‘Live Save’ Rates: How Animals Pay the Price
Los Angeles Animal Services (LAAS) recently announced that its shelters had a “no-kill December,” a month during which the department reportedly “did not euthanize any treatable or healthy animals in its care.” While this certainly sounds wonderful and is what every animal shelter strives to achieve, one blogger explains what the numbers really translate into and how the welfare of animals is disregarded when statistics become more of a focus than the animals themselves.
Longtime friend to animals, Phyllis Daugherty, examined what “no-kill December” really meant for animals who found refuge at LAAS last month and asked, “Are we really to believe that with no other changes but a change of mind, suddenly all the least desirable animals were swept from the shelter into ‘forever’ homes, or even just to somewhere that they can be assured a humane life?”
While LAAS announced a 90 percent “live-save” rate for December, this does not mean a 90 percent adoption rate. The term “live-save” means only that the animals left the shelter, not that they went to qualified, screened homes. As Daugherty explains, “Often the pet is merely taken to another shelter by ‘transport,’ and possibly transported many times to different shelters in different areas in the country if [he or she] is not adopted. Once the animal has left the L.A. shelter, [his or her] impound (ID) number may be changed many times, so we really don’t know what ultimately happens to [him or her].”
Just days after Daugherty’s article was posted, humane and sheriff’s officials in Oregon raided a self-purported “rescue” where more than 140 dogs were found starving, stuffed into tiny stacked travel carriers amid their own waste and without access to water, after being “saved” from euthanasia at an open-admission animal shelter in California. Many were found with their eyes sealed shut with mucus and pus, and urine and excrement were dripping onto them from the cages above. One dog was found in a carrier so small that “he was unable to lie down, sit or stand up.” The Oregonian reported, “Some of the dogs were in such an advanced state of starvation that technicians will have to use a ‘refeeding program’ to reintroduce small amounts of easily digestible food.”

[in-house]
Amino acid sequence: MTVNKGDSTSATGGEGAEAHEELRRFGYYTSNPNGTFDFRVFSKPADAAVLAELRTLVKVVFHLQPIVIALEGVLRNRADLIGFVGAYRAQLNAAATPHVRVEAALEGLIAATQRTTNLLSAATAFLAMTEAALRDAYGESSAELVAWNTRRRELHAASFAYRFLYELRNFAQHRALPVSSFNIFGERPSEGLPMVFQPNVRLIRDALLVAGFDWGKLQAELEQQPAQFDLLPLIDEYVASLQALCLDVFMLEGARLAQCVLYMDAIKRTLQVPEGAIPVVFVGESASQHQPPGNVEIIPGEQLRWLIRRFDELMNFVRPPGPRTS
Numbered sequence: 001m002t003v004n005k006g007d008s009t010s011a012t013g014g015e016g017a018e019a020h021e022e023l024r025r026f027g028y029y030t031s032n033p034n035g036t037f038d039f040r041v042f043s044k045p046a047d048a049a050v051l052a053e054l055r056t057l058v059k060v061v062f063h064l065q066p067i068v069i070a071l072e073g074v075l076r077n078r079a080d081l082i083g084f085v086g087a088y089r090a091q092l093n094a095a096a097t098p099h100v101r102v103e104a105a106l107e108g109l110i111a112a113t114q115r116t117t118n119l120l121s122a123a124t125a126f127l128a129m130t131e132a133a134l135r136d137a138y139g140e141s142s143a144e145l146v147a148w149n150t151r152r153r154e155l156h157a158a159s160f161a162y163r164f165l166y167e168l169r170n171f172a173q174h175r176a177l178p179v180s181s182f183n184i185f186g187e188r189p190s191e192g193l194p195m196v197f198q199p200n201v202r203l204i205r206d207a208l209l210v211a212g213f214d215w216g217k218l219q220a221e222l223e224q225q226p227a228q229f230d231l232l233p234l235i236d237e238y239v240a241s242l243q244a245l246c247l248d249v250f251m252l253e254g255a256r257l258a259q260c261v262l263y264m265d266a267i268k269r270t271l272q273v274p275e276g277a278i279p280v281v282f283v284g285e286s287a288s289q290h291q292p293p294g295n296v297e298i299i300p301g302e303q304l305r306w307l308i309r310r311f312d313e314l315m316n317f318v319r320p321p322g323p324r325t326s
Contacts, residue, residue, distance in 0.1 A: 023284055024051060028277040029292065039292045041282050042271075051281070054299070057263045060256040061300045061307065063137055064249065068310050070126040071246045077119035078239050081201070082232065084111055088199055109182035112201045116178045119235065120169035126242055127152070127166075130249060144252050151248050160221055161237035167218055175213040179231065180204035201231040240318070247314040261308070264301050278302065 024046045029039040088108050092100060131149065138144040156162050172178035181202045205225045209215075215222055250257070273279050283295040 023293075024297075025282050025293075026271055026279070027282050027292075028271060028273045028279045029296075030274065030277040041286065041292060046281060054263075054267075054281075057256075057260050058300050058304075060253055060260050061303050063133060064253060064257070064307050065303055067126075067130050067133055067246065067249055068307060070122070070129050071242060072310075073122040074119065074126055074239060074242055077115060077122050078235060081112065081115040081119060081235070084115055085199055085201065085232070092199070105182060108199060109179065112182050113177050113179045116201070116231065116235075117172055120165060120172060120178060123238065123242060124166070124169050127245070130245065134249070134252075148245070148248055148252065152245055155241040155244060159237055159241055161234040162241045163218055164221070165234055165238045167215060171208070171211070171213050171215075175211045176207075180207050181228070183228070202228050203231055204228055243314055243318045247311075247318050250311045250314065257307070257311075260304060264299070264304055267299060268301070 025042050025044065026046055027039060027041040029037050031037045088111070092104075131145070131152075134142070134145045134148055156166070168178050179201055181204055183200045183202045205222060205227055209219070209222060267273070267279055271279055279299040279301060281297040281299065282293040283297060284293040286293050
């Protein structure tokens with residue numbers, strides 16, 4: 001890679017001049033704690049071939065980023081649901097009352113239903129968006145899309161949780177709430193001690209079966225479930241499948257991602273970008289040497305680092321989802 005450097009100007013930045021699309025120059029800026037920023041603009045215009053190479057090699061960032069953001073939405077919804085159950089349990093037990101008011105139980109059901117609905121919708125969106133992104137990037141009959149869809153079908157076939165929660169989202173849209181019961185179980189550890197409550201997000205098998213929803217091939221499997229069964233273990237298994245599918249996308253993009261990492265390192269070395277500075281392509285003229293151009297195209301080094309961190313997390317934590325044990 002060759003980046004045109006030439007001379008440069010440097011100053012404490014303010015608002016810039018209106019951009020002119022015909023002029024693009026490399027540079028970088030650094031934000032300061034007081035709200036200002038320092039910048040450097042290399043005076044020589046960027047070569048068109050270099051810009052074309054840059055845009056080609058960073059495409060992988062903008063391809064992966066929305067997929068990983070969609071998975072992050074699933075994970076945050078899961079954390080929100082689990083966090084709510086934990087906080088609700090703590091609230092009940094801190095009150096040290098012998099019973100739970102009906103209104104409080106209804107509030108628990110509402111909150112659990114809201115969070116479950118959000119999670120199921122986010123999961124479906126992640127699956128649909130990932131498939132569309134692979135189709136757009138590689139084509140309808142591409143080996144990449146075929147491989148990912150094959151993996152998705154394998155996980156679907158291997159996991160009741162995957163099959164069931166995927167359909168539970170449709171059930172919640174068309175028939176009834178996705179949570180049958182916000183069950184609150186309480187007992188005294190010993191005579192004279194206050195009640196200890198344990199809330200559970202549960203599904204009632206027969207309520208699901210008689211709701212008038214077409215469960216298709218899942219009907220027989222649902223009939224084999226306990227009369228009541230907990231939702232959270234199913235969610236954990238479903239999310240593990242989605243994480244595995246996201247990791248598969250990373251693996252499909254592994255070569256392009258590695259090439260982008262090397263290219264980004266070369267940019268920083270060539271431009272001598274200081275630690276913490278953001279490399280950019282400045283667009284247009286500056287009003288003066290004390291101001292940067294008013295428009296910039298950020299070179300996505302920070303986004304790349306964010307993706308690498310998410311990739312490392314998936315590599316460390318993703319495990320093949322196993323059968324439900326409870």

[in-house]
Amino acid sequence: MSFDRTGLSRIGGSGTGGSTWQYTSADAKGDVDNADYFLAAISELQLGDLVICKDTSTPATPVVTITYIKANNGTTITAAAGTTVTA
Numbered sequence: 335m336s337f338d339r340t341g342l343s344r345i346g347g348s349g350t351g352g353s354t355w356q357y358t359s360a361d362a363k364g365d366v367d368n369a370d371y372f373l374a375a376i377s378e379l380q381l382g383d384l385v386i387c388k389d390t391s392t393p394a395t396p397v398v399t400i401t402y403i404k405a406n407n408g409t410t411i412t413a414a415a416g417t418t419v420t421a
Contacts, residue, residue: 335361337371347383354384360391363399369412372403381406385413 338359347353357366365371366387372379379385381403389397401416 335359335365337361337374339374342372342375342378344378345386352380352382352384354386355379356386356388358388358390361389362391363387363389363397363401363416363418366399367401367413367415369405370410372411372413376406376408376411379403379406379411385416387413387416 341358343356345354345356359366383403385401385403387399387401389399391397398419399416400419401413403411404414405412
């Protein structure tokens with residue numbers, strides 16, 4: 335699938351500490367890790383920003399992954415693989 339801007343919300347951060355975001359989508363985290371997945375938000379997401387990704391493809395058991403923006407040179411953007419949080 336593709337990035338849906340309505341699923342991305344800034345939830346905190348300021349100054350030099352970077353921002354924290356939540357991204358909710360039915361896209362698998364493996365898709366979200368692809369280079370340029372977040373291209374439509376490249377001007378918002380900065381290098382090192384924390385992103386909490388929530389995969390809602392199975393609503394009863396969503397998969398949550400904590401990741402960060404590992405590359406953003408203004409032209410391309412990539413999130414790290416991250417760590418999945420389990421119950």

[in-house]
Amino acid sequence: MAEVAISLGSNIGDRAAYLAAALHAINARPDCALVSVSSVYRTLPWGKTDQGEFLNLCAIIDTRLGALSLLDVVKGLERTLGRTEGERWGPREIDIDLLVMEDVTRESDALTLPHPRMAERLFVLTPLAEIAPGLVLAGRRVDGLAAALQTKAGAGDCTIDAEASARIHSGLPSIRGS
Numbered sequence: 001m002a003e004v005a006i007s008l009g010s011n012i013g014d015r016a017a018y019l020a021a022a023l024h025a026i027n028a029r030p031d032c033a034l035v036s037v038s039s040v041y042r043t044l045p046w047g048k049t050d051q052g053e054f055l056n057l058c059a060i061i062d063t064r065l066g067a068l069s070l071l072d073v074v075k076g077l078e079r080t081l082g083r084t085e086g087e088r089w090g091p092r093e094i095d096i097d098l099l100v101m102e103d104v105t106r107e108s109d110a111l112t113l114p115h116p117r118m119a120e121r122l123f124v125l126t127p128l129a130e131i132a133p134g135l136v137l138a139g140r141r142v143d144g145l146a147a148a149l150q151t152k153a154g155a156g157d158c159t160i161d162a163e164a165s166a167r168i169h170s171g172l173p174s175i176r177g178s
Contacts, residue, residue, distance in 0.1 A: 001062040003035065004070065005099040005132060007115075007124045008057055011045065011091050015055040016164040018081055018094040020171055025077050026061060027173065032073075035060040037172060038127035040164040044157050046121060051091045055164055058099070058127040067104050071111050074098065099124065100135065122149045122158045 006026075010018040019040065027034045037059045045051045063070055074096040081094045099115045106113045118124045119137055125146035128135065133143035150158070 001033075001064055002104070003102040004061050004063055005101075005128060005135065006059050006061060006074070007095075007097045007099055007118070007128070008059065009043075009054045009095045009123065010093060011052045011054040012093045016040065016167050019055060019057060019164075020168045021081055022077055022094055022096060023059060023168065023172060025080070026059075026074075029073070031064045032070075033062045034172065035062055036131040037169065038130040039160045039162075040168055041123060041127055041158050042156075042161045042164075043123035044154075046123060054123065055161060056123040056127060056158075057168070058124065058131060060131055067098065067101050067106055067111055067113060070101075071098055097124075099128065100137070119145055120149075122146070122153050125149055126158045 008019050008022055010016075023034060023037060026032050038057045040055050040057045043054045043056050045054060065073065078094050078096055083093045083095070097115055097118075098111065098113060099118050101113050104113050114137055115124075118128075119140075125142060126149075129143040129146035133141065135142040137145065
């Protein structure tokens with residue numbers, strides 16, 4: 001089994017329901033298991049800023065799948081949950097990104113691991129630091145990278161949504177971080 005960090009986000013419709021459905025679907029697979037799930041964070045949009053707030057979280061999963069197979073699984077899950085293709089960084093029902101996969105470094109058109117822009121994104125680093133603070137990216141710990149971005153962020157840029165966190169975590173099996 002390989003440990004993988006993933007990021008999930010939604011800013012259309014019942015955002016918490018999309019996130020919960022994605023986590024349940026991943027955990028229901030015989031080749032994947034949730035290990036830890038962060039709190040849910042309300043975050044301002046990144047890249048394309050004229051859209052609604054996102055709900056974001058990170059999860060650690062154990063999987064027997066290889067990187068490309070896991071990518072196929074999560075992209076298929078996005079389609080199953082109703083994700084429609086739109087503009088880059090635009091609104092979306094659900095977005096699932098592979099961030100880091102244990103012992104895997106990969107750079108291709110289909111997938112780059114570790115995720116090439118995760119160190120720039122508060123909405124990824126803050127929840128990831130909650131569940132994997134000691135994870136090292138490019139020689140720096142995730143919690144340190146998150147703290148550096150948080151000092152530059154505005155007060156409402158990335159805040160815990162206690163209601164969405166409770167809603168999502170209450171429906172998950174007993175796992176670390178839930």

Regarding LAAS, Daugherty rightfully asks, “Is this a sustainable or desirable solution?” When the focus shifts from protecting animals to playing a numbers game, animals pay the price, bounced around like rubber balls and often ending up in situations so cruel and harsh that being “saved” becomes a fate far worse than a painless exit from a world that has already betrayed them once.
And unlike rubber balls, animals become confused and distressed when bounced around, often developing severe separation anxiety and other behavioral symptoms as they are moved from place to place. PETA has investigated and exposed many hoarder “rescue” facilities—places such as Caboodle Ranch, Angel’s Gate, All Creatures Great and Small, and other hellholes—where animals end up languishing in criminally cruel conditions after they have been “saved” from open-admission shelters that are desperately trying to fend off criticism from an ill-informed public misled by the “no-kill” movement.
LAAS reports on its Facebook page that during the December effort, compassionate “volunteers complained that [LAAS was] keeping too many animals. And it did get crowded.” We have to ask why the humane community is so quick to tolerate the suffering and danger inflicted on animals who are the victims of the “no-kill” fantasy.
As PETA has stressed for decades—and put its money where its mouth is by spaying and neutering nearly 90,000 animals at low or no cost in the past 10 years—the only way that we can truly hope to become a “no-kill” nation is to work at the roots, not at the “feel good” treetops. We must first become a no-birth nation through aggressive spay/neuter initiatives—only then we can truly save lives.